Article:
Lots of cattle around, some with enormous thick horns, by far the thickest I have ever seen.

We ended up in the Pelican Hotel in Mbarara close to 22:00 and just made it for dinner which consisted of very oily chicken and chips (Colin ended up with fish and chips) at Sh4, 500 each. The dining room was poorly lit and rather primitive, like something out of the 60’s in South Africa. Accommodation cost Sh30, 000 each and we had functional rooms, each with a TV that didn’t work and eventually no running water. We took a walk down the street outside the hotel and saw one or two Hemidactylus cf. mabouia but they disappeared very quickly. I managed to get one specimen to photograph.

4 July 2005

07:00. Breakfast consisting of scrambled eggs on toast, pork sausages (managed to eat one!) and fruit – paw-paw, watermelon and pineapple, and Star coffee. The coffee tin looks as if it should contain sardines. Heading for Kasese and Fort Portal.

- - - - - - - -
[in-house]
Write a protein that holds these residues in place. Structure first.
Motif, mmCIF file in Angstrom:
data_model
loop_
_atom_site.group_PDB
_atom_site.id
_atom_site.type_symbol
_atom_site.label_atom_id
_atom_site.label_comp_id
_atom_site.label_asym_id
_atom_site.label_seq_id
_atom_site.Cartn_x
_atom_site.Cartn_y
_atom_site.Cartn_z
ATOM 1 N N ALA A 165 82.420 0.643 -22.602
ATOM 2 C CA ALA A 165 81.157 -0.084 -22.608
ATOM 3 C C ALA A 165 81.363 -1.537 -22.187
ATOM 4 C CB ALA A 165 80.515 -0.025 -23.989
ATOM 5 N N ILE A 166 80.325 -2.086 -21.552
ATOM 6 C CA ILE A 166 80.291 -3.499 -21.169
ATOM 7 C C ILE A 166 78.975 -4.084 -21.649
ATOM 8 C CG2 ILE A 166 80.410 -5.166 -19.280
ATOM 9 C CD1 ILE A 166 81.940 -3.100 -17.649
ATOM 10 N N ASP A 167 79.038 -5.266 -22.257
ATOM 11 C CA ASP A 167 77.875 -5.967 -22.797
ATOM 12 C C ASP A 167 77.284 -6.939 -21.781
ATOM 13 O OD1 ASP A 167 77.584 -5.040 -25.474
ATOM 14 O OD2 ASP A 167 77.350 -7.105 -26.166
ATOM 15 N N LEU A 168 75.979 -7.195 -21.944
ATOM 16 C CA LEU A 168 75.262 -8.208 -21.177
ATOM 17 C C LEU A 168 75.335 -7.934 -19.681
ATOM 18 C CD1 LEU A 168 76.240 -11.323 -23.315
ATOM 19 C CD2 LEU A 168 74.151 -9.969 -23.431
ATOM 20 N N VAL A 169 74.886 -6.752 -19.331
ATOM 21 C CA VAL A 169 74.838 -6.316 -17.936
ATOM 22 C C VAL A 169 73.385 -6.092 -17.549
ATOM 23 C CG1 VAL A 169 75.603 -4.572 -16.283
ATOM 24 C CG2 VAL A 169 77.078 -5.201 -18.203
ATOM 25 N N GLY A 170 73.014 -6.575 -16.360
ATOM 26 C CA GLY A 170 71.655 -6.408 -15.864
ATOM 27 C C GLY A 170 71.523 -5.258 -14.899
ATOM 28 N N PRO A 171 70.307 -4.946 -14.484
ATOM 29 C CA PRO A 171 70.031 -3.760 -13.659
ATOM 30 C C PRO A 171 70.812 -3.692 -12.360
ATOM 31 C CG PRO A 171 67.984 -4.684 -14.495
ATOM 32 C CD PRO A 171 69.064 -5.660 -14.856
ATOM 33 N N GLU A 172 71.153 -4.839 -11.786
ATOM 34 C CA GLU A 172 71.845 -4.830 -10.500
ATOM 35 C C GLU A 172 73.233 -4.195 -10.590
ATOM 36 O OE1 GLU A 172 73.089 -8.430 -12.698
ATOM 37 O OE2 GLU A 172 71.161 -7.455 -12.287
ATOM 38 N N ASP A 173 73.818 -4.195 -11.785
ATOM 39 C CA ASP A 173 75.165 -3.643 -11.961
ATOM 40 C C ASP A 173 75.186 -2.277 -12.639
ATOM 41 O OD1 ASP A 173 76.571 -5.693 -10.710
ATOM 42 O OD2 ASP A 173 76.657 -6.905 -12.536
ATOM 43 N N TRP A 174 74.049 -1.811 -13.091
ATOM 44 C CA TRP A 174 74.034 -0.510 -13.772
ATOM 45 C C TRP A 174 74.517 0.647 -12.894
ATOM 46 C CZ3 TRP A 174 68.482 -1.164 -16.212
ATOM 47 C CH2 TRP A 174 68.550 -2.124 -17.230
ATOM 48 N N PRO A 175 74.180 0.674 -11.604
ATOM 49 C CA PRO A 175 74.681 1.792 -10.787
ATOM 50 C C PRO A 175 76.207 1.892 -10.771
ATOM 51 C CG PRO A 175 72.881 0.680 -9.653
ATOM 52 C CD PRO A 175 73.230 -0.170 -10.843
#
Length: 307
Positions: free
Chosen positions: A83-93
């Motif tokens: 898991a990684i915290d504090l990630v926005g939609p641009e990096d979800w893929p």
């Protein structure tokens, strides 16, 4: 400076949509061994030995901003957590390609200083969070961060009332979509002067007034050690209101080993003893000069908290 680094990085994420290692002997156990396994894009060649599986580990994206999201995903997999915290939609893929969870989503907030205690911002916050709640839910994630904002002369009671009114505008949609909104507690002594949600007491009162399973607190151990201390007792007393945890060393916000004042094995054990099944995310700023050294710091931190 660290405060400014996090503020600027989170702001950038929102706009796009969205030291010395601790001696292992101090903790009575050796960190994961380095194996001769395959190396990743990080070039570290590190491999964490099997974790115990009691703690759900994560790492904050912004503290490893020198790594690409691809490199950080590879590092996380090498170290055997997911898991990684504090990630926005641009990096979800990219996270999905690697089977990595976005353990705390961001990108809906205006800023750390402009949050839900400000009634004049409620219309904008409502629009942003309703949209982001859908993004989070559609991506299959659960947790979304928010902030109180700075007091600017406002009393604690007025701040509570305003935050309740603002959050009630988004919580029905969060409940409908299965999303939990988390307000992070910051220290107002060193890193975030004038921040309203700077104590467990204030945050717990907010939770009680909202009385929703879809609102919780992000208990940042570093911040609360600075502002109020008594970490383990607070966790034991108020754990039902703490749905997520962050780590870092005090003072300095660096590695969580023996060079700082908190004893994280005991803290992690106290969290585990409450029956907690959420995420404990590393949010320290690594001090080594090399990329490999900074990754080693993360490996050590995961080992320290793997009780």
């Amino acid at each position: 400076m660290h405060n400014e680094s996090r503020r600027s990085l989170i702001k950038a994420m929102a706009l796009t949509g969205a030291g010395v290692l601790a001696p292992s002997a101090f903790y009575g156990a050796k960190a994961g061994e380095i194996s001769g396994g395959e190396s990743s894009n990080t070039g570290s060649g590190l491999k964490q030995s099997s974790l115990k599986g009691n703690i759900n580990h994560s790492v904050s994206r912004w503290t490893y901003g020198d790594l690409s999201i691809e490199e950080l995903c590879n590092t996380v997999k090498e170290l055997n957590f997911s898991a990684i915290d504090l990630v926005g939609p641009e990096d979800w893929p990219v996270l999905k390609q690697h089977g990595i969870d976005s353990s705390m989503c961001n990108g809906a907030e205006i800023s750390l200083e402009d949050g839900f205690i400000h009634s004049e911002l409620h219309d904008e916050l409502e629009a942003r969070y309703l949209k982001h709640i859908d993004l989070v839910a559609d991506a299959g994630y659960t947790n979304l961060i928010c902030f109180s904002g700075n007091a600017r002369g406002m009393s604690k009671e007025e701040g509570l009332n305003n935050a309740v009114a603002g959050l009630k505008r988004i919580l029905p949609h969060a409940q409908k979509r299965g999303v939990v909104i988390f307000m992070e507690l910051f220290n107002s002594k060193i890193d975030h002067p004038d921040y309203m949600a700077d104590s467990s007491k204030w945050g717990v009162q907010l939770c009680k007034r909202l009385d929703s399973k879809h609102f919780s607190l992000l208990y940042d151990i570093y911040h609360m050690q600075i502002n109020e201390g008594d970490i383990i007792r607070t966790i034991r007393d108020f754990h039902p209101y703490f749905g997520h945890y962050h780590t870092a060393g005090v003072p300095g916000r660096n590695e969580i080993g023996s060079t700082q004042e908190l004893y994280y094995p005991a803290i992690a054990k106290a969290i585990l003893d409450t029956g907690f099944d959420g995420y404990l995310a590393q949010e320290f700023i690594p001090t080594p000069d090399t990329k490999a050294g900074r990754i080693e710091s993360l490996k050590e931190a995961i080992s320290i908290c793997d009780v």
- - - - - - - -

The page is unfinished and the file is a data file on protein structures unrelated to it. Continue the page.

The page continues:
07:48. 18578 on odometer. About to leave the hotel. Colin paid for the accommodation and meals – Sh77, 700.

08:22. 18596 on odometer. Stopped at a hedge next to the main road and Colin (despite gypo guts) got two male chameleons (Trioceros ellioti). (See Picture on right) It is a beautiful green chameleon the size of Bradypodion thamnobates. They were both 1.2 – 1.5 m off the ground on the sunny side of the hedge. Colin was very quick to spot the chameleons – I had a really good look but couldn’t spot any.